The real breakthrough came when my friends – these amazing women I have laughed, cried, gone ‘WTAF?’ with, and trusted with my life – became mums. While I may have initially struggled with how they could be so close to their mums, I immediately understood how their little ones could be close to them, and I saw how deep love could thrive alongside human imperfection. My friends love being with their kids: they’re not a burden, a duty, or an accessory. They are deeply loved and cherished human beings. Not only that, the fierce love and protectiveness I feel for these children have given me an inkling of what motherhood can be.
I’ve come a long way, but there’s still a long way to go. Healing never ends, it just keeps unfolding.
Did I ever want to be a mother? Believe it or not, fiercely and desperately, but I was also terrified of becoming my mother. And I only wanted to do it in a stable relationship, trusting in my husband to balance, challenge, and help me become the mother every child deserves: unconditionally loving, messy, imperfect, one who allows them to unfold into what G-d dreamt they would be when (S)He created them.
Neither the husband nor the children arrived, by the way, and my feelings were more complicated than I realised. When horrors like Sandy Hook happened, the first prayer to my lips was for the children and their families, the second was ‘Thank you, G-d, that I am not a mother. I could not have borne that.’ Clearly, I wasn’t ready to let a sword pierce my own soul.
Despite those prayers, there was grief at what was never to be, as peri-menopause and then menopause arrived. As I worked through that, I began to realise that perhaps motherhood was much broader than I had believed it to be. Perhaps I had been a mother when I had students I loved dearly, even as they made me angry and drove me up the wall. Perhaps I was a mother when Marie sat in my classroom and needed to talk. Perhaps I was a mother when friends’ kids laid their heads on my shoulder, telling me something they couldn’t yet tell their parents. Perhaps I was a mother whenever I held the space for something to be born: healing, a revelation, a project, a new way of being.
In some way, I realised that because I had no child of my own, every child was my child. That’s where Mary came in.
Oddly, I’d always been drawn to her, perhaps initially as a ‘safe’ mother, one who would never actually be there. Long before I became Catholic, I would recite the Hail Mary in times of danger, such as driving through a snowstorm. I had an inexplicable sense of being her child…and loved.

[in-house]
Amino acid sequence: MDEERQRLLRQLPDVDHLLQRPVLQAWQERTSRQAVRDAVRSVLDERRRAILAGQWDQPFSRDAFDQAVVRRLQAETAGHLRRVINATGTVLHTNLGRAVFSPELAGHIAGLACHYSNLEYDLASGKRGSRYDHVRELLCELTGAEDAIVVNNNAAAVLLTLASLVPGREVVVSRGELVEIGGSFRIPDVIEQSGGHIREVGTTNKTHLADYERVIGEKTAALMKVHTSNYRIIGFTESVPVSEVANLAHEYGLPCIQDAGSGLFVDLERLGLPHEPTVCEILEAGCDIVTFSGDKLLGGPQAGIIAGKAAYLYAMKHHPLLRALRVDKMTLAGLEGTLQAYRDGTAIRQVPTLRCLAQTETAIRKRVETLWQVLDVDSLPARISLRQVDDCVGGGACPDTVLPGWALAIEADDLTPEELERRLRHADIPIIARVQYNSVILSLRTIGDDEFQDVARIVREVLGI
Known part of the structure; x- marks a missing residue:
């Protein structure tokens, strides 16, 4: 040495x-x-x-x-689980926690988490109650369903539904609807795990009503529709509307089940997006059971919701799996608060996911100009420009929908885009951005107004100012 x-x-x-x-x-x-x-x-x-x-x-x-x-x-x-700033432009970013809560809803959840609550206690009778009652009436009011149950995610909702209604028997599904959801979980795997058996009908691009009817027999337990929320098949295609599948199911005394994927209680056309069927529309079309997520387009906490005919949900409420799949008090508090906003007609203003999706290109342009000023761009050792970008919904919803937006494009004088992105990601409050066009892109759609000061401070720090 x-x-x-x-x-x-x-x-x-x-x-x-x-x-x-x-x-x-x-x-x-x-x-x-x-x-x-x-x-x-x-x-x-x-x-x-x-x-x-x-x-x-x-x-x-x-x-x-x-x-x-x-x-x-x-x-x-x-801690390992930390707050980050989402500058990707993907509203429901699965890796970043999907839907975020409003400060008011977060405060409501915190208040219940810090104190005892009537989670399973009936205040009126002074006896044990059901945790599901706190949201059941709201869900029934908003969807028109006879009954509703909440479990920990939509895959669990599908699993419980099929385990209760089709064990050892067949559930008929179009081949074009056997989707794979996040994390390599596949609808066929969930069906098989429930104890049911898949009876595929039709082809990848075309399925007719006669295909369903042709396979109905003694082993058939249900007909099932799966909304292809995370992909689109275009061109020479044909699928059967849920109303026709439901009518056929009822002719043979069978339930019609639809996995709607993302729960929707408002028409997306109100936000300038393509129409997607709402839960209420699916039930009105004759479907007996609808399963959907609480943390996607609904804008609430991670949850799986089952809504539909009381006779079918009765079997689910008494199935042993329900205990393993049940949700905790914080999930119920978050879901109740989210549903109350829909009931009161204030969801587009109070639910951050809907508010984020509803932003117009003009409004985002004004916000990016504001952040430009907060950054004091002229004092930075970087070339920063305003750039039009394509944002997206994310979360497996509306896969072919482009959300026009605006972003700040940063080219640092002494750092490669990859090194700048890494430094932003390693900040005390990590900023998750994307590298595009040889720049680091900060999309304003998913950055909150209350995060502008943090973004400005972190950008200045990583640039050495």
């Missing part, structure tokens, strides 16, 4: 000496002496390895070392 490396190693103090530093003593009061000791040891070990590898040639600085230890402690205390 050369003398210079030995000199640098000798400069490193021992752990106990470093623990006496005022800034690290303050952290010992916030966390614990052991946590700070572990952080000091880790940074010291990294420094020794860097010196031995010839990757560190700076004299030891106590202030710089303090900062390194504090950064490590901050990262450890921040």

I sat in wonder at her fiat, knowing what it might cost her, particularly as her pregnancy became visible. I marveled at her love for this newborn babe and how that manifested in her worry and anger when she and Joseph found him at the temple. I wondered what she pondered in her heart when Simeon spoke. I cackled at her words to Jesus at Cana and the affection evident in His response. I loved images of her tickling Jesus’ feet and my heart shattered in the image of her at the foot of the cross – the inevitable end to her allowing Him to unfold into the man He was meant to become.
Breath of Heaven, written by English songwriter Chris Eaton, was the first song about her that I remember hearing, and it shook me to the core. She was no longer only a mum, but a fellow woman on the road: uncertain, afraid, and praying the only possible prayer:
Breath of heaven
Hold me together
Be forever near me
Breath of heaven.
Breath of heaven
Lighten my darkness
Pour over me your holiness
For you are holy
Breath of heaven.
People may say, ‘Blessed are you who believed that what was spoken to you by the Lord
would be fulfilled,’ but that doesn’t make the road any less difficult, lonely, and frightening.
And in the end, isn’t her song about all of us and the roads we take? For if motherhood is conceiving, carrying, and birthing things into the world, then aren’t we all mothers? Whether it is a babe, a therapy session, being with someone in their grief, building a homeless shelter or a woman’s refuge, infrastructure and a social safety net, building peace, ending poverty – don’t all of these things have mothers, whatever their gender? And isn’t that loneliness, fear, and doubt all part of conceiving, carrying, and birthing all these children into the world, whatever form they take?
No matter how painful and complicated my feelings about motherhood may be, I cannot turn away from it. I must lift the mantle and don it, for, as Meister Eckhart said,
We are all meant to be mothers of God, for God is always needing to be born.
And that is not a vocation I can turn away from. All I can do is step forward, in all my messy love, woundedness, terror, and doubt, echoing what the songwriter of Breath of Heaven and I imagine Mary must have said to the Father one lonely night:
Do you wonder as you watch my face
If a wiser one should have had my place?
But I offer all I am –
For the mercy of your plan.
Help me be strong.
Help me be.
Irim Sarwar is an American of IndoPak ancestry now living in the UK who was born Muslim and became Catholic via teaching at a Modern Orthodox Jewish school. She has also catalogued books in a Dominican priory, worked in quality assurance, and is currently a churchwarden and freelance copyeditor/proofreader. Spiritual mongrel. Believes in hybrid vigour in all things, especially journeys of faith.